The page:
Into the Cloud

Unlike Android phones and tablets, the best way to back up an iOS device is through iCloud or iTunes. For Apple, iCloud is the service they created specifically for backing up devices, and it works (mostly) like a charm. While there are some types of information that will not back up automatically to the cloud, nearly everything you need can be backed up to iCloud and saved just in case of emergency. While broader in spectrum than a localized backup to iTunes, an iCloud backup also has a few limitations. Specifically, the need to encrypt the backup if you’ve decided to back up your Keychain or Health data—items that might be of critical interest to any hackers hovering around.

Pay to Play

Of course, just as with other online cloud storage options, Apple iCloud storage isn’t free—or even particularly cheap. However, it does allow you the automation that you may need as your device will back up any time that it is locked and plugged in, and connected to WiFi. Plus, you can restore your device from anywhere that you can find an Internet location—even if you completely shatter your phone and need to buy a new one, you can restore from the cloud. This added benefit can make a huge difference and get you up and running much more quickly than having to wait until you’re back home and can connect to iTunes after an extended business trip.

Other Options

Dropbox, Google Drive and several others also offer options for backing up your iOS information, however they do have some pretty serious limitations. Dropbox is limited in that you’re unable to backup anything beyond photos and videos; but whether that limitation is important or not is something individuals will have to determine. Microsoft OneDrive and Google Drive are similar in that they won’t backup the entire device, just selected portions.

Choosing and using the best online cloud-based storage alternative for your iOS device can be a bit challenging, but as long as you understand your options and how much you’re likely to pay for online cloud storage, you can easily create your backup and manage subsequent data restores with ease.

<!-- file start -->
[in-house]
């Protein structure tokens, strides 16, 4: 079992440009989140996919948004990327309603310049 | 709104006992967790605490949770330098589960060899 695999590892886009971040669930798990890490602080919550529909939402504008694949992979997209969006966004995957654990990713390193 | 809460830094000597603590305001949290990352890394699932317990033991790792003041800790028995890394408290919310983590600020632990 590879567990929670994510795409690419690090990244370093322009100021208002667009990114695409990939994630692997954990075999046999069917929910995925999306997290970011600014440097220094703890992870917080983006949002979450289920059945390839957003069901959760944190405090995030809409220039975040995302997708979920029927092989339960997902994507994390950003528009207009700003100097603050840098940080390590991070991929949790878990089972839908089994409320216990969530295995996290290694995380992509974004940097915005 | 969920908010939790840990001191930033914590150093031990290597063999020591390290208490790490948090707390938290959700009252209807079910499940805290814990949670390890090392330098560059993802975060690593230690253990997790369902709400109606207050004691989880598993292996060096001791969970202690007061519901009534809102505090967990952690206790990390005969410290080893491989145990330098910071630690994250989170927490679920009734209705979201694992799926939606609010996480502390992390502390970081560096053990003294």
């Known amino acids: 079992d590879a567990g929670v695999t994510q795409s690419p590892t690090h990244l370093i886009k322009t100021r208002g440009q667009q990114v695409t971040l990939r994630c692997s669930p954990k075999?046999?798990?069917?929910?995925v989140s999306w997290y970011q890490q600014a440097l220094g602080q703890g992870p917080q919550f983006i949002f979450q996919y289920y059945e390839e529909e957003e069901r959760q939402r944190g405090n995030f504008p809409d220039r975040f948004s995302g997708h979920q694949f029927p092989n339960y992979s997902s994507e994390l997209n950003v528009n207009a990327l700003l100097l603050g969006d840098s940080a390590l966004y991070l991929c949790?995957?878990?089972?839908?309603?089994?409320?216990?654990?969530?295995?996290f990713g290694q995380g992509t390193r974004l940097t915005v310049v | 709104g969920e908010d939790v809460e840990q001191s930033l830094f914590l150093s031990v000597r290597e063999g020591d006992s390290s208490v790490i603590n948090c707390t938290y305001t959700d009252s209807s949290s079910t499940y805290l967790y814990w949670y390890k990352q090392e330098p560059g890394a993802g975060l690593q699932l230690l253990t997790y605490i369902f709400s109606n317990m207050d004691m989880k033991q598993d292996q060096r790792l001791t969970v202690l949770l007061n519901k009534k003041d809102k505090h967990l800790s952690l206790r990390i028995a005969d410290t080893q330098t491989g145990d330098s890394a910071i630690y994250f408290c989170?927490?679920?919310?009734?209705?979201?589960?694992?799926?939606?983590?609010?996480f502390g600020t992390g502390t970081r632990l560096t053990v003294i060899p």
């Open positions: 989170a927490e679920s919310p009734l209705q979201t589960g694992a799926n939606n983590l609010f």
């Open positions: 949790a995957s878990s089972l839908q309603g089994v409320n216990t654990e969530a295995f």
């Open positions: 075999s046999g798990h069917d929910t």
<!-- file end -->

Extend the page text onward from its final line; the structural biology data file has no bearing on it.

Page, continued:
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Cloud Storage Terms Explained: SaaS, IaaS and PaaS

One guarantee in technology is that there will always be acronyms bandied about that you may or may not understand, and the new cloud-based computing and storage solutions have introduced their fair share. Not only are there public, private and local clouds, but you can also utilize off-premise services at various levels to support organizations of all sizes. Some of the most common types of cloud computer services are Software as a Service (SaaS), Infrastructure as a Service (IaaS) and Platform as a Service (PaaS). Managed service providers are the organizations most likely to offer these next-gen options, as they can stitch together any number of offerings in a way that is seamless to the end-user of the service.

Cloud Computing Stack

Cloud computing is essentially a grouping of resources that can be “stacked” one on top of the other—convenient, on-demand access to data, networking, storage solutions, services and applications—that can be deployed quickly and easily and in a very scalable format. There are some general characteristics that most cloud services share, including:

• End users can register and receive the service without long delays
• Broad spectrum availability across mobile, desktop and remote locations
• Pooling of resources across various clients
• Elastic capability which allows the services to scale on demand
• Metered service and billing

While there is some blurring of the lines between PaaS and IaaS, these two can be considered distinct entities, with Infrastructure as a Service considered the base that the other two cloud options are built upon. These are neither mutually exclusive nor are businesses required to utilize all of the options at once; SaaS can be implemented for one specific need (customer relationship management) while all other software is deployed locally.

Software as a Service

The technical definition of SaaS is software that is deployed across the Internet, with a provider who tenders the application to clients through a subscription or even at no charge for an in-kind offering. The market for this type of software is growing rapidly and includes such basics as Google mail, Office365 and Adobe Creative Cloud. As local installation becomes ever more challenging and software developers respond to users’ demand for rapid changes by pushing micro-updates, SaaS continues to gain traction and acceptance within the business community. This acceptance has been helped along by software manufacturers’ understanding of the ongoing revenue stream that monthly or annual subscriptions provide—a revenue stream that is highly attractive, especially when compared with previous options where customers could keep the same software for many years without a new upgrade charge.